The area around Fort Portal has a number of lakes that filled old volcano craters. The one where we stayed is no more than a 100meters in diameters and the crater inner wall is carpeted with pristine indigenous forests. We heard a number of monkeys in the trees but they are hard to spot. We were camping on the rim of the crater and could walk down a footpath through the forest to the water below. Rather idyllic setting.
19 December 2010
Total Distance: 7933 km
Distance covered today: 364 km
Start: Nkurumba Community Camp, Outside Fort Portal, Uganda
Finish: Nile Safari Camp, Murchinsons Falls National Park, Uganda
The road today was rather interesting. The tar road ran out shortly after leaving Fort Portal and it must have been the worst stretch of the trip so far. Not because the road was bad, but due to the fact that it was extremely narrow and dusty. So taxis, cars and motor bikes would come flying towards us trying to compete with the speed of light and making as if our vehicle does not exist. I often tried to play their own game of playing chicken which means you drive towards each other on a collision course and just before impact you swerve hard to the left and immediately after you pass each other you swerve hard right again and continue as if nothing happened. Well, this did not work when a bus overloaded with people came flying around a corner. We had no choice but to drive nose first into a ditch and wait for the dust to settle before limping out again. Arrived in the last major town before the park called Masindi and decided to stop for a toilet at a rather promising looking hotel called Masindi Hotel. At what a little oasis. The hotel was built in 1923 and still being maintained at full throttle. We were told that Catherine Hepburn stayed here while they shot the famous movie African Queen. By the way the Murchinsons Falls also feature in that movie. I must get this movie when at home.
The left back wheel is still spilling a lot of oil and I discovered that the bearings are loose. Fortunately the hotel manager knew the 'best mechanic' in town. John Kiiza arrived half an hour later on his motor bike and I followed him to his workshop. Well, let me re-phrase, open piece of land in the town with 2 other broken down trucks and various other bush mechanics all around the street fixing cars. He had no tools and had to run around from one friend to another looking for it. Fortunately I could give him everything he needed from my supply. In no time he had the half shaft out and the seal we replaced in South Luangwa was shot again. Fortunately I brought a spare in Lilongwe and at 4pm we were on the road again but with 3 hours lost, we had to rush to get to the park before sunset. This was not quite possible and it was getting dark when we arrived at our camp spot.
20 December 2010
Stayed over: Nile Safari Camp, Murchinsons Falls National Park, Uganda
This morning we could properly see our camp site. There was only 1 other vehicle and nobody else. We looked down and endless expanse of African savannah with the Nile flowing just below the camp. It was Arina's first sight of the Nile and it will be incredible to see the various stages of it. We will still see it at its origin at Jinja where it flows out of Lake Victoria and then where it meets the Blue Nile in Khartoum and then sail on it on Lake Nasser to Aswan and at various stages throughout Egypt and see it flowing out into the Mediterranean Sea at Alexandria.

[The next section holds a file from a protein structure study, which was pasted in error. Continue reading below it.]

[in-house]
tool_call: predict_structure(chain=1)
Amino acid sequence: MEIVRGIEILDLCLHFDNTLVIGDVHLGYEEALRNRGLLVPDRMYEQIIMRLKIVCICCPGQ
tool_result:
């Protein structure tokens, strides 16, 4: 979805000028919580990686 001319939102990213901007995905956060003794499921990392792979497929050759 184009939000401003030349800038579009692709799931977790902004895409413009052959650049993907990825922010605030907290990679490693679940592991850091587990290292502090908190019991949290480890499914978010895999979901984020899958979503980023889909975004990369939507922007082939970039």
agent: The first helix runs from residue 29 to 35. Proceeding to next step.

We took a car ferry across the Nile at Paraa to the northern side and immediately were blown away again by the beauty of the park. The grass covered hills rolled endlessly to the horizon and there are areas covered in a palm trees not too different from the Botswana makalane palm and other areas covered in huge acacias. As we got closer to the delta which the Nile forms as it flows into Lake Albert, the grass got taller, the bush thicker, the road more overgrown and the vehicle covered in tsetse flies. Suddenly Arina shouted at the same time I spotted it right in front of the car but too late to stop and when I hit the brakes and look in the rear mirror, I realised I drove over a massive python which covered the road from the one side to the other. We were dreading that I killed it because if the spine was snapped it would die a slow death right at the same spot as it could not sail away. Fortunately as I reversed to check he disappeared into the undergrowth and relieved it was ok.
The highlight of the day was to see a journey of giraffe of 25 in total and close together. We sat and watched them cross the road not more than 30 meters from us. So graceful and elegant.
Also spotted newbies like the Kob and the Jacksons Hartebeest. Also saw plenty of elephant, buffalo, warthog and red hartebeest. Was surprised not to see zebra or wildebeest. However the landscape is truly phenomenal. At 2pm we went on a boat cruise upstream to the Murchinson's Falls where the Nile blasts through a very narrow gap as it comes down the escarpment. Along the way we saw some truly gigantic crocodiles, plenty of hippo and elephant coming to drink. The bird life is also prolific and saw a few newbies on the list including the Abyssinian Ground Hornbill (blue throat pouch rather than red like the ones in Southern Africa), red throated bee-eater and many more. Sadly did not spot the African Shoebill which I was really hoping to see. During the boat cruise, Arina was the centre of attention from 4 Indian men who could not believe she is driving through Africa, camping along the way and all in a Land Rover. Each one took a photo with her and I am sure they will tell everyone back home they met the real African Queen!
Tonight we have the whole camp site for ourselves and surrounded by the soft sounds of the bush like the frogs, crickets and a smokey smell of the fire close-by, we know we are in the heart of Africa.